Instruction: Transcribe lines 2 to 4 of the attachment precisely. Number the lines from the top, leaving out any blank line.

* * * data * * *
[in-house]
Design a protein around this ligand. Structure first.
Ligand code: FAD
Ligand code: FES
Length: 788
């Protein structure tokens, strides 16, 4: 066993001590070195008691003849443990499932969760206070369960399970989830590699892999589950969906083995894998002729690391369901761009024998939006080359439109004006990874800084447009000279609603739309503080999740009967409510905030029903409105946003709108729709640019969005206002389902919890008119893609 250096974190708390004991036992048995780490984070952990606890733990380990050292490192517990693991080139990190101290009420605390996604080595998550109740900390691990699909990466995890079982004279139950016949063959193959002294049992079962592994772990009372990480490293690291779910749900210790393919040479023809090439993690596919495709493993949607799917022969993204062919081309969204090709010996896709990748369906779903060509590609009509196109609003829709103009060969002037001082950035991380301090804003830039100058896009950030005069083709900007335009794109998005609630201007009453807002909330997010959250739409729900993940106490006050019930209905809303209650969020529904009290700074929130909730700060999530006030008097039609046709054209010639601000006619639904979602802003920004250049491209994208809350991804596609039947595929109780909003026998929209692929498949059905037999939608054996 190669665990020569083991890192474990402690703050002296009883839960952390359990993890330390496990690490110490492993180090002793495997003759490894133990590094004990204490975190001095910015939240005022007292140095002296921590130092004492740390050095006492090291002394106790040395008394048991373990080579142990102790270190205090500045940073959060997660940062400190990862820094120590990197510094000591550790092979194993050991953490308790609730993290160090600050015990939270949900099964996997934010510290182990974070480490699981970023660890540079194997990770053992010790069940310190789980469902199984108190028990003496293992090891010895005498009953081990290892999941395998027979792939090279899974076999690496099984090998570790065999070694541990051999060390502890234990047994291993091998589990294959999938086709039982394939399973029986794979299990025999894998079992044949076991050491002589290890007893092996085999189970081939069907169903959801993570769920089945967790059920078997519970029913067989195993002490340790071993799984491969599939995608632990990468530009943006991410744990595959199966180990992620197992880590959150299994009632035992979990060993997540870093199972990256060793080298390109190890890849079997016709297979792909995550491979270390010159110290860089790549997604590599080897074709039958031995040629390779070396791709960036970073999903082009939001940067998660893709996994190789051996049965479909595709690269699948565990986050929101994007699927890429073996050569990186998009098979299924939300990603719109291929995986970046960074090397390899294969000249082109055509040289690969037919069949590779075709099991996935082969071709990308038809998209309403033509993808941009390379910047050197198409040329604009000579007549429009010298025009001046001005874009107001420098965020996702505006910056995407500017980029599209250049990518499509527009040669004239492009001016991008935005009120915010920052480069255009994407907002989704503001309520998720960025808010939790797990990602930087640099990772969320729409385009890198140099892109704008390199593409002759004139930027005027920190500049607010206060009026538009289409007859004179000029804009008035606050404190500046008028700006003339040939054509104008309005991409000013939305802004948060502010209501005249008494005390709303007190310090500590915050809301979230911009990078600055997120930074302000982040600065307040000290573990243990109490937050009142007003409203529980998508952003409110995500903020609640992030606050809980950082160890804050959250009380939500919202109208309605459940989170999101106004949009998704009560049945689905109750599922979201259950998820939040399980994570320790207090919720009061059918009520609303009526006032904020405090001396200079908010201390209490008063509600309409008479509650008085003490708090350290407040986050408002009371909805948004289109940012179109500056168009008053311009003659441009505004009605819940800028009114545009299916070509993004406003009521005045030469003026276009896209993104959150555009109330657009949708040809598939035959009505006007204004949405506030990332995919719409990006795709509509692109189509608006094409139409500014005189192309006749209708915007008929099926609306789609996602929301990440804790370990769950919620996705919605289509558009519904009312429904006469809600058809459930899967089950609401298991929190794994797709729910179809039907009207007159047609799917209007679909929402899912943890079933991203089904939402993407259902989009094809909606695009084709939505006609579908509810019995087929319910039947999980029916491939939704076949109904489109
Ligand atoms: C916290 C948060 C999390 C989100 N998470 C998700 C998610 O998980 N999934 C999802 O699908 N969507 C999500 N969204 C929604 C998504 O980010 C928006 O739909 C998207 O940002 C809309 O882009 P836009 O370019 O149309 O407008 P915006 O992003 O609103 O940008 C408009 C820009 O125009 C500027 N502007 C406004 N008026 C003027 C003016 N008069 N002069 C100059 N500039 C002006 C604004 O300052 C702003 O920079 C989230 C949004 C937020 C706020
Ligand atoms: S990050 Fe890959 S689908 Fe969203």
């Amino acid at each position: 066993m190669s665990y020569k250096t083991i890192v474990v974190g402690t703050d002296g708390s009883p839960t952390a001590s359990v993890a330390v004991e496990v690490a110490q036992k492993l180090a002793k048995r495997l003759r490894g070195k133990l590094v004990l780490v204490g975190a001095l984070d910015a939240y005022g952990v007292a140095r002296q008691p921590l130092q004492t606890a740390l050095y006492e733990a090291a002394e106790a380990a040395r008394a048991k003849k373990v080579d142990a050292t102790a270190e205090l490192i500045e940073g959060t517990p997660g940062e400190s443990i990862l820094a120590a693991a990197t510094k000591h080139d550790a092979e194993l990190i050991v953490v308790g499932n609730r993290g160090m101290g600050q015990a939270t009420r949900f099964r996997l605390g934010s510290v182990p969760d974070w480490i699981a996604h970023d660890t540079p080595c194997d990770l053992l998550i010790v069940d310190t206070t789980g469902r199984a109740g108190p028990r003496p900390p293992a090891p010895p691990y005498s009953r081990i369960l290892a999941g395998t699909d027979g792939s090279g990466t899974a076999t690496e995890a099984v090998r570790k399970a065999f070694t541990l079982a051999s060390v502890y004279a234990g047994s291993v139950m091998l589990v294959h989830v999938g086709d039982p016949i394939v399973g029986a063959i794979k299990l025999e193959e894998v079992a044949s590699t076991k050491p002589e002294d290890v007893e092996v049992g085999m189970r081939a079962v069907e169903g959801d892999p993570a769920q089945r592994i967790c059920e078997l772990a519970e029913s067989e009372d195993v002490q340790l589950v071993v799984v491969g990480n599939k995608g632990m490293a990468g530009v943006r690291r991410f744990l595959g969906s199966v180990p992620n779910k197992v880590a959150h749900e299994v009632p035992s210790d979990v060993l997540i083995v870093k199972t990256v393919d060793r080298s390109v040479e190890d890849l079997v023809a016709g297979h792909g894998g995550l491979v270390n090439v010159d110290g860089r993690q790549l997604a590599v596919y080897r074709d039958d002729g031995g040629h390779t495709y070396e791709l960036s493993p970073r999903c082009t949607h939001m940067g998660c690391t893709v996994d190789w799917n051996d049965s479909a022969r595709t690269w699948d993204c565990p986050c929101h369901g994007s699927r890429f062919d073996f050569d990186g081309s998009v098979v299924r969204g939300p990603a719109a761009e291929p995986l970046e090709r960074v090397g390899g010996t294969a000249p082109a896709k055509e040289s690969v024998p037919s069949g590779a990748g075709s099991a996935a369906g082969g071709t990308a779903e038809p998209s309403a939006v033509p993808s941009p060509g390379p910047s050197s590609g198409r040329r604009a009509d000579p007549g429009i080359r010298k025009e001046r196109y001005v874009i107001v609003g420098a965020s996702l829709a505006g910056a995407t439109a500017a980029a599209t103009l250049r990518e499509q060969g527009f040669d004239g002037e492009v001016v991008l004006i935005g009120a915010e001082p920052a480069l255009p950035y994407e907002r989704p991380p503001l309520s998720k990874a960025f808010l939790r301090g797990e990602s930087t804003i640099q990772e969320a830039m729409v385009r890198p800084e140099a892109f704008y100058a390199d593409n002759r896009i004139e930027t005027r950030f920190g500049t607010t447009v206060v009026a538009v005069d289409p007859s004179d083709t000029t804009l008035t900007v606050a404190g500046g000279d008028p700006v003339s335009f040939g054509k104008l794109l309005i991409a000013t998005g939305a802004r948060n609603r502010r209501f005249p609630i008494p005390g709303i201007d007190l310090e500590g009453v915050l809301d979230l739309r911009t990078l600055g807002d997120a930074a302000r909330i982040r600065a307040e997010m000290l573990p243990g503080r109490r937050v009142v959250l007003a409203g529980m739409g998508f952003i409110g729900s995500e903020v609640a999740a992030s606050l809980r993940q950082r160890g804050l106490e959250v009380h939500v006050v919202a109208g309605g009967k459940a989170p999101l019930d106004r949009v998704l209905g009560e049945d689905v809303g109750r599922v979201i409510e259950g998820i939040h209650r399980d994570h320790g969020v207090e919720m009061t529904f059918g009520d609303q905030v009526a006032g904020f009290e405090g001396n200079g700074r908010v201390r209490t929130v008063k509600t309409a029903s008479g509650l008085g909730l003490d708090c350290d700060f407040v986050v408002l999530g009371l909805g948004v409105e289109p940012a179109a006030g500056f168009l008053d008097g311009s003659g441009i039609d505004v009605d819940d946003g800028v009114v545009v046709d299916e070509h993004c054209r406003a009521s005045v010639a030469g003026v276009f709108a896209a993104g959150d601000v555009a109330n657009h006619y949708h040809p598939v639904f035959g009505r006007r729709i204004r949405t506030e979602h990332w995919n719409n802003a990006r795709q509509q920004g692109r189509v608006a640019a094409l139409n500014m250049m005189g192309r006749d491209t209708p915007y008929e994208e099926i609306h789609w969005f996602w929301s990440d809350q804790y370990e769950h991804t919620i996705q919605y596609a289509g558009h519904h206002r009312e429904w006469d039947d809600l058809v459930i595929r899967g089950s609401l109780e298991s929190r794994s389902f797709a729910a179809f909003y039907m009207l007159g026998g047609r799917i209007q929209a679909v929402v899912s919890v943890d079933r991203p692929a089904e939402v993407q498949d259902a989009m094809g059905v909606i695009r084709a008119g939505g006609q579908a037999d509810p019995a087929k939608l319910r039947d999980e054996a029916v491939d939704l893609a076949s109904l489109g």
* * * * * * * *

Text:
Design a protein around this ligand. Structure first.
Ligand code: FAD
Ligand code: FES